Why do you work? In a surprising new survey, people say that money isn’t the main focus of their sales jobs.

The report, titled “The Exit Process: How to gain valuable insights to build a better workplace” by recruitment and HR expert Robert Walters, looked deeper into the motives behind resignations.

The surprising results of the survey made for interesting reading, with a huge third of participants claiming that no longer feeling energised and challenged by their job made them want to leave. A further 27% of people asked said company culture or fellow colleagues made them decide to look for a new job. Other factors noted included feeling undervalued by their team or manager (26%).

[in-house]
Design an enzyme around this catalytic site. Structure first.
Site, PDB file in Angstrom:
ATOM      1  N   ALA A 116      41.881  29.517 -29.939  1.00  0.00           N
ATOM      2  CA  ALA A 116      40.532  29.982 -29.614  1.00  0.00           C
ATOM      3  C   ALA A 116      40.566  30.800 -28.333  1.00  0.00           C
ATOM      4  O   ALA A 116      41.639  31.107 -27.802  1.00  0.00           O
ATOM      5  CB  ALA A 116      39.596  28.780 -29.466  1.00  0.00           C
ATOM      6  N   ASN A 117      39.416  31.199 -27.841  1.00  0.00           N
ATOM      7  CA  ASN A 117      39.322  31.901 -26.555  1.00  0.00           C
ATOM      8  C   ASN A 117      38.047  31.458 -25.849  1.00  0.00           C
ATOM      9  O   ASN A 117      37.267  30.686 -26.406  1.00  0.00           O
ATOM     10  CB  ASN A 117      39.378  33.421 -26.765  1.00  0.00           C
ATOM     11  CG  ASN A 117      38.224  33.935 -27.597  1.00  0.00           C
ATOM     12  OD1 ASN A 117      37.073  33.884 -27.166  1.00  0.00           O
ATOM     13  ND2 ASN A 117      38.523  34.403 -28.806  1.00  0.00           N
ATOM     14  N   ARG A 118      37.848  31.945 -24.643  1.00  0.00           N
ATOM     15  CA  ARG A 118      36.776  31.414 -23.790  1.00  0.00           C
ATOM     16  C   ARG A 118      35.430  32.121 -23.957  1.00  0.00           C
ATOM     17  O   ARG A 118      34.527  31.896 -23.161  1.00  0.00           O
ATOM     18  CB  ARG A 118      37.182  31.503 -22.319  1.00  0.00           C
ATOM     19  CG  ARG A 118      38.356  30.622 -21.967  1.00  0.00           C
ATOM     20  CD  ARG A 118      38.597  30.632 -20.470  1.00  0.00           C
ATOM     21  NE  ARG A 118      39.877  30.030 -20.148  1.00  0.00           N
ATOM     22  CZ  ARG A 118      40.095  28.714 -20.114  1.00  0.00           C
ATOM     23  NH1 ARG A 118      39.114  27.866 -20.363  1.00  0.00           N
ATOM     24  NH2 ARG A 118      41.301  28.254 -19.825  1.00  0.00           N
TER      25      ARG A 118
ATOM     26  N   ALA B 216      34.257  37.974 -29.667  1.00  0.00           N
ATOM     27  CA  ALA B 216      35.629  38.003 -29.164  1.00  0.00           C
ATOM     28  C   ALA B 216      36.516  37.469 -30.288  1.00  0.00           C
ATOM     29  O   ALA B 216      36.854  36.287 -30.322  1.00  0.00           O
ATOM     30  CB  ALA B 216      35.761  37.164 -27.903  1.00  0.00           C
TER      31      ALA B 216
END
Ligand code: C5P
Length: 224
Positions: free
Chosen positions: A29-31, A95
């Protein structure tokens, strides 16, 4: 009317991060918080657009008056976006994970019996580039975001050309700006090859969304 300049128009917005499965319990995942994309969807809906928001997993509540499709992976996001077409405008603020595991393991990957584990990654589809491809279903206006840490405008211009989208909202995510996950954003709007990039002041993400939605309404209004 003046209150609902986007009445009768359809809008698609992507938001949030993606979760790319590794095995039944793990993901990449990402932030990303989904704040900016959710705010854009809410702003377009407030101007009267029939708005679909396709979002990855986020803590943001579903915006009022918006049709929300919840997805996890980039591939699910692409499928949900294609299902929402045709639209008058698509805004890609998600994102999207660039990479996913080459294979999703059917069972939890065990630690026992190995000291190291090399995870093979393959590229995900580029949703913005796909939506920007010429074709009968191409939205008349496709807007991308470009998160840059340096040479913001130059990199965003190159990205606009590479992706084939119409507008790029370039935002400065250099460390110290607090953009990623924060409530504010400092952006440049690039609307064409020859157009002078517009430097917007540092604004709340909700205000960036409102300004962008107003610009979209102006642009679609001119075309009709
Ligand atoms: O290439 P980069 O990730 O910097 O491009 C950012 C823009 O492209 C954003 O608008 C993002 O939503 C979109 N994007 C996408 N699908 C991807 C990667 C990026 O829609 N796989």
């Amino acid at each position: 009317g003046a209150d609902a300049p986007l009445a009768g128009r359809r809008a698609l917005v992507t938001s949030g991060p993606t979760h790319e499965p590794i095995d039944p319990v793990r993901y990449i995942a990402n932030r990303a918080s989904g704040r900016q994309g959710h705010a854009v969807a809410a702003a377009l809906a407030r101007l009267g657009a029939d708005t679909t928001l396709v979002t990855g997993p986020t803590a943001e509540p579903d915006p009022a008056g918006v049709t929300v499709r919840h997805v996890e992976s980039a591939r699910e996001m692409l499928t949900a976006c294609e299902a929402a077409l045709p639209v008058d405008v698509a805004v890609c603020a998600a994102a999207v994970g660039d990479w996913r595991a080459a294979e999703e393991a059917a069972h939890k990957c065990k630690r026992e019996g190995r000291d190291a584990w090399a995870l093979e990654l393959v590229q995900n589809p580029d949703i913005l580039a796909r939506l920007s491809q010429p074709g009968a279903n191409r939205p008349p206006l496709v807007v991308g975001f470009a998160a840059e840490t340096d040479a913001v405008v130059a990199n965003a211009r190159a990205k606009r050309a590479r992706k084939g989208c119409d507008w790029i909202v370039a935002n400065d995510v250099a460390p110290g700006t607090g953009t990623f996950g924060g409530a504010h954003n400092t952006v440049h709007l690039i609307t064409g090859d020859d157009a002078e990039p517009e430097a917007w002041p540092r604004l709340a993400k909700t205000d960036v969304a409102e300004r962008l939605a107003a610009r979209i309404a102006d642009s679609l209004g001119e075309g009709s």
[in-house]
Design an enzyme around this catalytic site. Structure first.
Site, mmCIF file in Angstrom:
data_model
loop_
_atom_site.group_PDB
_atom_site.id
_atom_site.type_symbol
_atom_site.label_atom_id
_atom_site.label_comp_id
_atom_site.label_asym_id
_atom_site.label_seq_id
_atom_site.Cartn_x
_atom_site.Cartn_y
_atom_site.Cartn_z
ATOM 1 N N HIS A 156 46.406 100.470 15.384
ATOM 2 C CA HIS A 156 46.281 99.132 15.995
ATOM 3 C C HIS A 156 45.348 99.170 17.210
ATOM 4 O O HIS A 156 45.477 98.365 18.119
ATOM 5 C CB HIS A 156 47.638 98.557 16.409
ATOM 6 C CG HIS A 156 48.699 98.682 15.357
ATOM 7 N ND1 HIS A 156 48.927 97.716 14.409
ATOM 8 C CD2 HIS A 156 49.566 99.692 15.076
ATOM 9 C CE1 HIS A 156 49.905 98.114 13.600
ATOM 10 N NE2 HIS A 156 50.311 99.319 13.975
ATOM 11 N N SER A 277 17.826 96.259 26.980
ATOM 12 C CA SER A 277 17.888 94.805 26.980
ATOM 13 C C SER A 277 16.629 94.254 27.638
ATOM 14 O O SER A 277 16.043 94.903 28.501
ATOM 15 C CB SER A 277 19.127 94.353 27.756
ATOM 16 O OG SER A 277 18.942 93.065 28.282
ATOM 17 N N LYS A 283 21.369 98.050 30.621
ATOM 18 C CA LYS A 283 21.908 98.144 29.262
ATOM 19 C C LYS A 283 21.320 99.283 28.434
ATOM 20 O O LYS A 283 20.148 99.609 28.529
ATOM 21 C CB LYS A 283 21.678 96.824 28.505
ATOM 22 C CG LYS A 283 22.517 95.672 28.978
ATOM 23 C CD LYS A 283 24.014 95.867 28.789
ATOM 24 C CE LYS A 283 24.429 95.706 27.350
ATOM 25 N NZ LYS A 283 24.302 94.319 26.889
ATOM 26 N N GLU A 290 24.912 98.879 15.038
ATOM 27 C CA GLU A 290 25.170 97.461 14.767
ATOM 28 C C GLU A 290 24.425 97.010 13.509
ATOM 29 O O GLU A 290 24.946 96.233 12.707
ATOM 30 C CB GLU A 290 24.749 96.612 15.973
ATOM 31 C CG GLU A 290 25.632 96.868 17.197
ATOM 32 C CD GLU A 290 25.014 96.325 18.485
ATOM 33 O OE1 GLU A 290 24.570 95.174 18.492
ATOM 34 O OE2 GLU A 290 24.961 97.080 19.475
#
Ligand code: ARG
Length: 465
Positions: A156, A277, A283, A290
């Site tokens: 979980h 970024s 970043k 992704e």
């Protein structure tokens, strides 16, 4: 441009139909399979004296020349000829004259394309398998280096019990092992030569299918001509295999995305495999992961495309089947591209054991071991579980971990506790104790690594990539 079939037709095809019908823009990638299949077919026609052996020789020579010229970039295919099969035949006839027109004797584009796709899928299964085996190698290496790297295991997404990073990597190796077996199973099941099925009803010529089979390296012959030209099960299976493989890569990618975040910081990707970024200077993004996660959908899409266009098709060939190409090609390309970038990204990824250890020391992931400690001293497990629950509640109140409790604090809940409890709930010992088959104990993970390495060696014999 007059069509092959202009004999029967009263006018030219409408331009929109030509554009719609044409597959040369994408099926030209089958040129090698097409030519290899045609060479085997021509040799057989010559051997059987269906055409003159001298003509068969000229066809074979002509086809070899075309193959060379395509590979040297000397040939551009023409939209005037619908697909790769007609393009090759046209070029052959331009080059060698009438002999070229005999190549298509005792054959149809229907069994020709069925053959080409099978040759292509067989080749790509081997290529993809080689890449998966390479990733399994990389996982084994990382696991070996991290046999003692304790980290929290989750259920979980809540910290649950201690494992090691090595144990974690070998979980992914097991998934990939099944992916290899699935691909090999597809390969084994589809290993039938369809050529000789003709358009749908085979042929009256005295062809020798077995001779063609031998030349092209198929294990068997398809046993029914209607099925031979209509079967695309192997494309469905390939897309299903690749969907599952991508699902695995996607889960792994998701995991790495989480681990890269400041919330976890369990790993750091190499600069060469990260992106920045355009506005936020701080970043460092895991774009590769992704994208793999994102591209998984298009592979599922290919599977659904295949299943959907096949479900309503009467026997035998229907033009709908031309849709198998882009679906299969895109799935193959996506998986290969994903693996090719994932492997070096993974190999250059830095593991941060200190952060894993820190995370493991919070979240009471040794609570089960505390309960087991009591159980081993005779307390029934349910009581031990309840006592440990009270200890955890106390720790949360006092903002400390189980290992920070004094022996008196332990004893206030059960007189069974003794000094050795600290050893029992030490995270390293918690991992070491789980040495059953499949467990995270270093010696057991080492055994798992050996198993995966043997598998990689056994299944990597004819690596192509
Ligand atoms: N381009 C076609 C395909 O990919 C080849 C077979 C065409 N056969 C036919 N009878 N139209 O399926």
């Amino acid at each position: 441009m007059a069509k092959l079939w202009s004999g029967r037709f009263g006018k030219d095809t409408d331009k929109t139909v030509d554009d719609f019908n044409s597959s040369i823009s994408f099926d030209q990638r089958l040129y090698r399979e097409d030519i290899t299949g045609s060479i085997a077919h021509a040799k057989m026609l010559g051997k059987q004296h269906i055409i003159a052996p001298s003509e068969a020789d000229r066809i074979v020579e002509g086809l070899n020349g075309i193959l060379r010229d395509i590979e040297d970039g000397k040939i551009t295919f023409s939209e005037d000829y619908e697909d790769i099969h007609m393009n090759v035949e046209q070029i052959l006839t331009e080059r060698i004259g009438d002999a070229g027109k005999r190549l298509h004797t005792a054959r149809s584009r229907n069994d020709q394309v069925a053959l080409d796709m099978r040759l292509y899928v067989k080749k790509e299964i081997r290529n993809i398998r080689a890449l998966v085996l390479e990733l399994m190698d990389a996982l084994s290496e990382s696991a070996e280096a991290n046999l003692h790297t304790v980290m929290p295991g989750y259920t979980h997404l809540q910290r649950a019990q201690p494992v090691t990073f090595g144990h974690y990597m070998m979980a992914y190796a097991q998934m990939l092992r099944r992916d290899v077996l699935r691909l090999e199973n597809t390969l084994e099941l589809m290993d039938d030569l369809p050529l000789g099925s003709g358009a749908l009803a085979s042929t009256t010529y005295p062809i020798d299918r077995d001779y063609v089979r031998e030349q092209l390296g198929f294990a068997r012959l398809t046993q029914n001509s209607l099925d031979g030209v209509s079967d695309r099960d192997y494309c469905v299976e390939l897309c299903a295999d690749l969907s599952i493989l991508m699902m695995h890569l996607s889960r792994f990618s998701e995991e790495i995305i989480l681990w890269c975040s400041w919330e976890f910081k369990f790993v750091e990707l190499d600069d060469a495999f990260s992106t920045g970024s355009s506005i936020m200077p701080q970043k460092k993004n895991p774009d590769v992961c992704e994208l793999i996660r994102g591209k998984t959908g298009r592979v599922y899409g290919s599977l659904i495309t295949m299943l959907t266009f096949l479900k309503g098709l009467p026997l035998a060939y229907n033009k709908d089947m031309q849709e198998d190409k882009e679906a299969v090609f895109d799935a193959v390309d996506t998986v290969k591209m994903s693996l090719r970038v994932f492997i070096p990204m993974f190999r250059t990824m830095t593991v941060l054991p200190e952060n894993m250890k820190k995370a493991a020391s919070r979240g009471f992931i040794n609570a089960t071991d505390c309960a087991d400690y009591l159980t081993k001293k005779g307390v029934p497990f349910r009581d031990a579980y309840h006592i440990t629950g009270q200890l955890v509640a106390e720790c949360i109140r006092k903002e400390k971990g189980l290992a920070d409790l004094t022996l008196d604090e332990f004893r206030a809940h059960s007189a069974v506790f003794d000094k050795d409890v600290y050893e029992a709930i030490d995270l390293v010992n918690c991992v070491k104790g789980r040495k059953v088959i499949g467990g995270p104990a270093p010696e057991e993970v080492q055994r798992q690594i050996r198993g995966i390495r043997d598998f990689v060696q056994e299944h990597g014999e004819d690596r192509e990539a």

So, job hunters aren’t looking for sales jobs primarily for the money, they want to feel needed, respected and energised by their role. That seems fair, doesn’t it?

What was even more interesting was the stark differences between the reasons employees leave their jobs and the reasons bosses think their employees leave them. Stating headhunting, house moves and pay as their top explanations for staff turnover, there seems to be a disparity between the way employees and their managers think.

Telling the truth in an interview situation has never been more important, because this time, employers really do need to know why their job appeals to you. Who knows, they might make sure their sales jobs fit you better in order to encourage you to stay.

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